William Howard replies, ” One system is just the same as two systems.” He declares, furthermore, “I know something about this; I ran this farm for four years myself [laughter in the Senate]; I know how to run it; and I declare to you that the best thing for you to do is to tear down your wall fence, to unite your two systems, and make one farm out of it and one common overseer.”
He further, by way of a profound argument, casually remarks, “I had such remarkable success while I was running this farm and received such universal commendation upon my work after it was over, having received the approval of 2 tenants out of 48, that I am sure that I can run both farms, at least, I am anxious to try.” [more laughter.]
Belly-laughing breaks out all over the galleries, can’t you just see it?
So much so, that order had to be restored.
The VICE PRESIDENT. The galleries must preserve order.
They must have been literally bringing the house down with laughter!
Mr. BORAH. Mr. President, some of us declare that this proposition tears down the farmer’s fence. We say furthermore that we do not want two farms made into one. If you want to do so, all right, go ahead; but let us make no mistake about what we are doing. Let us not try to fool ourselves or anyone else.
Yes, let’s not.
What do other countries think about it, Mr. President?
The English press, we are informed in so far as it has commented upon this subject at all, has regarded it as an abrogation of the Monroe doctrine. Mr. Lloyd-George said in the very beginning of these conferences that Great Britain could concede much to the United States if, as the result, they were to draw the United States out of her isolation and away from her traditional foreign policies.
But when we come to deal with England, we must deal with her intelligently and with a disregard for our own interests and our own rights, for one of the distinguishing characteristics of that proud nation is that England always looks after England’s interests. I admire her for doing so.
Her national spirit never fails her. …She has entered into many leagues and combinations which have dissolved, but her proud national spirit never forsakes her. Ultimately she relies upon this instead of treaties and leagues. …I admire her for her national spirit, for her vigilance in guarding the interests of the Empire.
Did you see that? “which have dissolved” – because England’s word is for shit when it comes right down to it – but what a great way he put that, subtle but deadly precise in pointing out the lack of trustworthiness there.
Mr. President, this constitution of the league of nations is the greatest triumph for English diplomacy in three centuries of English diplomatic life. This constitution, in the first place, is lifted almost bodily, as you will see if you will compare the two, from the constitution proposed in January by Gen. Smuts.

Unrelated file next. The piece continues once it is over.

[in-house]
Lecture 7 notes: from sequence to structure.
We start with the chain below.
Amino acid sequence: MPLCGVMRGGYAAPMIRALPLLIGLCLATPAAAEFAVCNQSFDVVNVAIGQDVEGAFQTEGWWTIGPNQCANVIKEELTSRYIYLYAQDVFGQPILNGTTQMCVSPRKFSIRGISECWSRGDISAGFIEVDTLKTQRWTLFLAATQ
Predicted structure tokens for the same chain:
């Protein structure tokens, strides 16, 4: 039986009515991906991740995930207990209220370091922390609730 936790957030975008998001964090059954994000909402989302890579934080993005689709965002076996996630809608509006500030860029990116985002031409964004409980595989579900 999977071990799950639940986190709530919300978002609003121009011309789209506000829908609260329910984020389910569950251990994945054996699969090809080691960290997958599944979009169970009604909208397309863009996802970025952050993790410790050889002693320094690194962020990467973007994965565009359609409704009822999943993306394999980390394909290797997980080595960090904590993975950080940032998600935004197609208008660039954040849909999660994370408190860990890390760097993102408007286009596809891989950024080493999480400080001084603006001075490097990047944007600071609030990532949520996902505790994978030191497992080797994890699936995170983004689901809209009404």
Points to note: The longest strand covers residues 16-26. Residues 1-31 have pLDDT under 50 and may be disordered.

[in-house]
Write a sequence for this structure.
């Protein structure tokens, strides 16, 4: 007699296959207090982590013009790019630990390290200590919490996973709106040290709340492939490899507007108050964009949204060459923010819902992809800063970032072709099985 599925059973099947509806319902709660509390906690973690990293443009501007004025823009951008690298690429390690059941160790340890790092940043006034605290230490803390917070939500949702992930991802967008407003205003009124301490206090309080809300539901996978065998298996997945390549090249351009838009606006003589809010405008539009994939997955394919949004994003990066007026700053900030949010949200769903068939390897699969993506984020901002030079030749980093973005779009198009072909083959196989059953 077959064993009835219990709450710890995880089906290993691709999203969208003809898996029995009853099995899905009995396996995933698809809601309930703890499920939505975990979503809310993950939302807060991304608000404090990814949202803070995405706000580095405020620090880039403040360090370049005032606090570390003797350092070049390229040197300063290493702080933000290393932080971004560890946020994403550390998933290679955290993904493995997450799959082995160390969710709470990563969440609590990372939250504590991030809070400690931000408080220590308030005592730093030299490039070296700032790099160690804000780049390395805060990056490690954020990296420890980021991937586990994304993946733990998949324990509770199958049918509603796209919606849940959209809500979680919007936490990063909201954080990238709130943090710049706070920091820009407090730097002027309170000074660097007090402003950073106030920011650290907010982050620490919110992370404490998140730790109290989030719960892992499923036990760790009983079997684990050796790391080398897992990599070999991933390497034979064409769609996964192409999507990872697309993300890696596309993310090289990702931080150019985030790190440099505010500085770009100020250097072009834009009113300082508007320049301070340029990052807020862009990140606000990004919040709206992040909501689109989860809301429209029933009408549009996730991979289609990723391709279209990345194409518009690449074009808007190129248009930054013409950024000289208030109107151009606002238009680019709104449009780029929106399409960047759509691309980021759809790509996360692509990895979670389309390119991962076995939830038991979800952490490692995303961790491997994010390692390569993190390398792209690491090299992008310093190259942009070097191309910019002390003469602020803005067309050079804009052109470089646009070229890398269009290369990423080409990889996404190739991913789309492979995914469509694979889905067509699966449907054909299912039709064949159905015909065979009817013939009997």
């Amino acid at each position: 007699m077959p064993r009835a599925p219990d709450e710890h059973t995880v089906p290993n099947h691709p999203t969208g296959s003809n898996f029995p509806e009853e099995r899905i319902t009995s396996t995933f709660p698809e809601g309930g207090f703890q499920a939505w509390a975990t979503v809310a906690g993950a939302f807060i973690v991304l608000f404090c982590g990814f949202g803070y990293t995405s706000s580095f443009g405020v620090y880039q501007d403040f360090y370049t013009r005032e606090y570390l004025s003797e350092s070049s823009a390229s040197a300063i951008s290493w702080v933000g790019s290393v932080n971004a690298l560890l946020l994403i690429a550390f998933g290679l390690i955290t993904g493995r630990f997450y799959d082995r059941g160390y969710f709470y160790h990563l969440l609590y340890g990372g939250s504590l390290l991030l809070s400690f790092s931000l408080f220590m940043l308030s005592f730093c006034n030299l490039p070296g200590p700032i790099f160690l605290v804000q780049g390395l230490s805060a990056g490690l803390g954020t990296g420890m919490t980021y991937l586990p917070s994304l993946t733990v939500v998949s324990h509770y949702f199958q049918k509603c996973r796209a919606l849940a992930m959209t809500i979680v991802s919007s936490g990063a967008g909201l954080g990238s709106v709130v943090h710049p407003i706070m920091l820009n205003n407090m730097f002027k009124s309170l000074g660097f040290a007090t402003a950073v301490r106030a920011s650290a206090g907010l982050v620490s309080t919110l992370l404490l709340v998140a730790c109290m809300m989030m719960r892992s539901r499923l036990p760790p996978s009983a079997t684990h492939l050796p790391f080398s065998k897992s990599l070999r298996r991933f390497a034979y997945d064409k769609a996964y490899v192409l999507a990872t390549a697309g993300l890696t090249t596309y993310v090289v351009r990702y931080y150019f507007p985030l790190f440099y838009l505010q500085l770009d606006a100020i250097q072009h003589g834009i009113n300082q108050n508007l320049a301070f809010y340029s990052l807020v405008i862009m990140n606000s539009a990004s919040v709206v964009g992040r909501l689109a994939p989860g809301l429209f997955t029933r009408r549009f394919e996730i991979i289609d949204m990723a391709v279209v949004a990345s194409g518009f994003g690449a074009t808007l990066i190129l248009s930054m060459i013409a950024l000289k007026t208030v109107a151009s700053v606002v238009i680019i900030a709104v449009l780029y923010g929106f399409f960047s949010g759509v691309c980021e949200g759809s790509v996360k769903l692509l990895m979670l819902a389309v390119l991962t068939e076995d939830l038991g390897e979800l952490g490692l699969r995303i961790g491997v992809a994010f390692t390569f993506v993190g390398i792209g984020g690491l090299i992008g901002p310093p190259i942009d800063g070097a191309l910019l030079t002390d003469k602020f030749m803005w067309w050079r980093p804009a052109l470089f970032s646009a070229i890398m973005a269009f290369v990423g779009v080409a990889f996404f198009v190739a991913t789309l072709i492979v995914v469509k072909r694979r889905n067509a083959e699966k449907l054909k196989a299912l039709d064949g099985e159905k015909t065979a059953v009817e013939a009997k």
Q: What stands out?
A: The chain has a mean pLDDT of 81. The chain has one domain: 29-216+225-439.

Ah, look. He knows when all this started too – just like we keep pointing out, the time of Queen Elizabeth.
That you may not think I am stating it strongly, let me read a word from the London Times on the second day after this constitution was adapted:
•The project, if not the same as that outlined by Gen. Smuts, is like it as its brother.
• It is’ a cause for legitimate pride to recognize in the covenant so much of the work of Englishmen. •
• It is again a source of legitimate pride to Englishmen that article 19 in the covenant might almost be taken as an exposition of the principles animating the relations of Great Britain with India and the dominions.
Yep, that’s what they mean.
Listen to this language- That the dominions are in this document recognized as nations before the world is also a fact of profound significance in the history of these relations.
The gentleman who wrote that editorial had not acquired the capacity of using language to conceal his thoughts; he labored under the disadvantage of having to use language to convey his thoughts.
The fact that the dominions of Great Britain and her colonies are recognized as nations is a matter of “profound significance.”
Yes; when they finally settle down to business England will have one vote, Canada one vote, New Zealand one vote, Australia one vote, and South Africa one vote, whilst the American Nation, brought into being by our fathers at so much cost of blood and treasure and preserved through the century by the vigilance and sacrifice of our forbears, this Nation with all her wealth and resources will have one vote. In both the executive council and the delegate body the same proportion obtains, and those two bodies direct, dominate, and mark out the policy of this entire program, whatever it is to be, under the league.
A matter of ” profound significance!”
Sock-puppet voting British-style!